In Calgary on any given night, over 300 youth are experiencing homelessness.
Homeless youth or youth experiencing homelessness refers to any youth that may be temporarily living in hostels, staying with friends, living in ‘squats’, renting cheap rooms in boarding houses or hotels, or actually living on the streets. They may also be living with parents or relatives, but be at imminent risk of losing their shelter.
For many homeless youth, moving between various housing situations can be argued as the instability of their housing situation, which characterizes their status as homeless youth.
Although there are similarities between the experience of homelessness for young people and adults, homeless youth typically lack the experience and skills necessary to live independently, particularly for those under the age of 18.
While the category of homeless youth is marked by incredible diversity, what unites this population is its youthful age and lack of experience of independent living. This is important to consider because any response to homelessness—if it is to be effective—must address the causes and the conditions of homelessness.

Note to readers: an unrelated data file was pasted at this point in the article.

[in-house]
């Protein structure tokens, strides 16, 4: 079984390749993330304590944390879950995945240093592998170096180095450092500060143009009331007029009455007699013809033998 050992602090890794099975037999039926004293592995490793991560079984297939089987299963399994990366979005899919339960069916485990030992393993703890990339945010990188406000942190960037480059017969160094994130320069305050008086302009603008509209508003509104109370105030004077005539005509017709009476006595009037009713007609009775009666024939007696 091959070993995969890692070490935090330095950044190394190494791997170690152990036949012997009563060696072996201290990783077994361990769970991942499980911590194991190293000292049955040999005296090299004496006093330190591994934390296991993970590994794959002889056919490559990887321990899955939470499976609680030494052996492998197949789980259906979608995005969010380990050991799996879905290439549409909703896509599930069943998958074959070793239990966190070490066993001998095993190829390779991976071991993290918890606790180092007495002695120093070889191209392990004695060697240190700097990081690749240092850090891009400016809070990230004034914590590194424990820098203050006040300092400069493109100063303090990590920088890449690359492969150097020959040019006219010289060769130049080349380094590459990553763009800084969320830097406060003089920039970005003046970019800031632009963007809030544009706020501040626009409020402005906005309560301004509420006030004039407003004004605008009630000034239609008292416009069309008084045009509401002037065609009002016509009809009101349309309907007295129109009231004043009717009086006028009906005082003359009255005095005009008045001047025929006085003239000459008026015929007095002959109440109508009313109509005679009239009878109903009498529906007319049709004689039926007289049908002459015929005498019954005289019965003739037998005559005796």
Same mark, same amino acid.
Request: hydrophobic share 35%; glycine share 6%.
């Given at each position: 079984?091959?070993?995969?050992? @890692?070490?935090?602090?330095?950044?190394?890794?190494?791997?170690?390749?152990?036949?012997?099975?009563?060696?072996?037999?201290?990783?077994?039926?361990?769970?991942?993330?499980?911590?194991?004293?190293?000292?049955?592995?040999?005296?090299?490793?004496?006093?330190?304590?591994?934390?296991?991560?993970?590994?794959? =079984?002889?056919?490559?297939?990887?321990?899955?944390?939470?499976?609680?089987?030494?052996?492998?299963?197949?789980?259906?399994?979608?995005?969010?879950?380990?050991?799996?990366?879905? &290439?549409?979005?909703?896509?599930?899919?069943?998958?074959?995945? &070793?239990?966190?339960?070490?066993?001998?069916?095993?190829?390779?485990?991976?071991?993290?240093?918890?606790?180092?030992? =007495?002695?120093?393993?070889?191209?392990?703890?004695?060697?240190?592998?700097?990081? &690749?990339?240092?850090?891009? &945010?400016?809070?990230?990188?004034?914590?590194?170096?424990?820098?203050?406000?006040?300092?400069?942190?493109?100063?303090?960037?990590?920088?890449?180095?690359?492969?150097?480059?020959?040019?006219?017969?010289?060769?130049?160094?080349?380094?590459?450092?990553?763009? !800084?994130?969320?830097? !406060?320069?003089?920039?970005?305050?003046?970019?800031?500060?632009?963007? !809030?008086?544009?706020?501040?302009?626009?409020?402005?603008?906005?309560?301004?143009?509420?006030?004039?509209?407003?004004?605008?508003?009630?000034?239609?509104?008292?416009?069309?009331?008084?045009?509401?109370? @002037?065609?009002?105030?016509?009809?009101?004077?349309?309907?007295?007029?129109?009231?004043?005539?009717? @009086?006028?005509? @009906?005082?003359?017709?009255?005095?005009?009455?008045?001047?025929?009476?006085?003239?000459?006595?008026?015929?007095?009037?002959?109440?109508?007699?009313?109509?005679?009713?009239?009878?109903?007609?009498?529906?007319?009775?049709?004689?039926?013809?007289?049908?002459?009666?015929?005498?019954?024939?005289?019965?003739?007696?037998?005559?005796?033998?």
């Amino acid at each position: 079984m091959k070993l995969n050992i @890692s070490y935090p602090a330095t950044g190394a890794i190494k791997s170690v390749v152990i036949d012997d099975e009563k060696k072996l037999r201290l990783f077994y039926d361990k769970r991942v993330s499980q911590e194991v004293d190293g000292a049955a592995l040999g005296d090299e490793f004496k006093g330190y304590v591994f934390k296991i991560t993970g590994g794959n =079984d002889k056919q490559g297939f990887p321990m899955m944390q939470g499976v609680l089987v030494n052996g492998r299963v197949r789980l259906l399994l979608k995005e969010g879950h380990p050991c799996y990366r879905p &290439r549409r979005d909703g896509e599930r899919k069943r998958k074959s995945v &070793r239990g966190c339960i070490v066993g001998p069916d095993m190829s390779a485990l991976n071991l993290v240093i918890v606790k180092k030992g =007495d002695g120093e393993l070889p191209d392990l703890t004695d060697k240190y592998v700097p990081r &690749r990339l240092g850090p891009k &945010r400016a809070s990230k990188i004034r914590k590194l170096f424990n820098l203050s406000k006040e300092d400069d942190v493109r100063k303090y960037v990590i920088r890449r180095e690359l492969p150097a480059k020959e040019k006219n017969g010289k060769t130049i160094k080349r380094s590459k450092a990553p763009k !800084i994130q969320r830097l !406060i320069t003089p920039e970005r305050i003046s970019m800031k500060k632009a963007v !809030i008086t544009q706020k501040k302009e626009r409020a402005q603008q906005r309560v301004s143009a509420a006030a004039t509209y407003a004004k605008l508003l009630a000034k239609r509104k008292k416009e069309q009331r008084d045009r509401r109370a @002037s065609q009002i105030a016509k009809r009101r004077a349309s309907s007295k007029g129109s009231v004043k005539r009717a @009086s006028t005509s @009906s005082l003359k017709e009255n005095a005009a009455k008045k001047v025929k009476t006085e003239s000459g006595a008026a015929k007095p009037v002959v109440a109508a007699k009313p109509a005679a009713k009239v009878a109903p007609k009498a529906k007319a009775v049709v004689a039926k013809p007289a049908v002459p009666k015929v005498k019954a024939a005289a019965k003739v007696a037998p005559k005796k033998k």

Boys & Girls Clubs of Calgary’s Youth Housing and Shelters stream offers 11 programs and operates the only youth shelter in Calgary. Of that, our Avenue 15 is the largest youth homeless shelter in the city. Our shelters serve on average 200 youth per year.
- From the 507 youth who called our 828-Hope line in 2016, 87% reported an increase in stability last year
- 5,804 bed nights were provided through our youth homeless shelters
- 82% of youth at our Avenue 15 youth shelter were discharged to transitional or permanent housing
- The average length of stay in Infinity Housing First program for the 2016/2017 year was 586 days
- 85% of youth in our Infinity Housing First program demonstrated stability or positive change in their lives
The Homeless Hub
A web-based research library and information centre representing an innovative step forward in the use of technology to enhance knowledge mobilization and networking.
The Provincial Plan
Alberta has experienced success in addressing homelessness through the 10-Year Plan. Since its inception in 2009, more than 9,865 homeless Albertans have received housing and supports and approximately 73% remain successfully housed, but we can do more.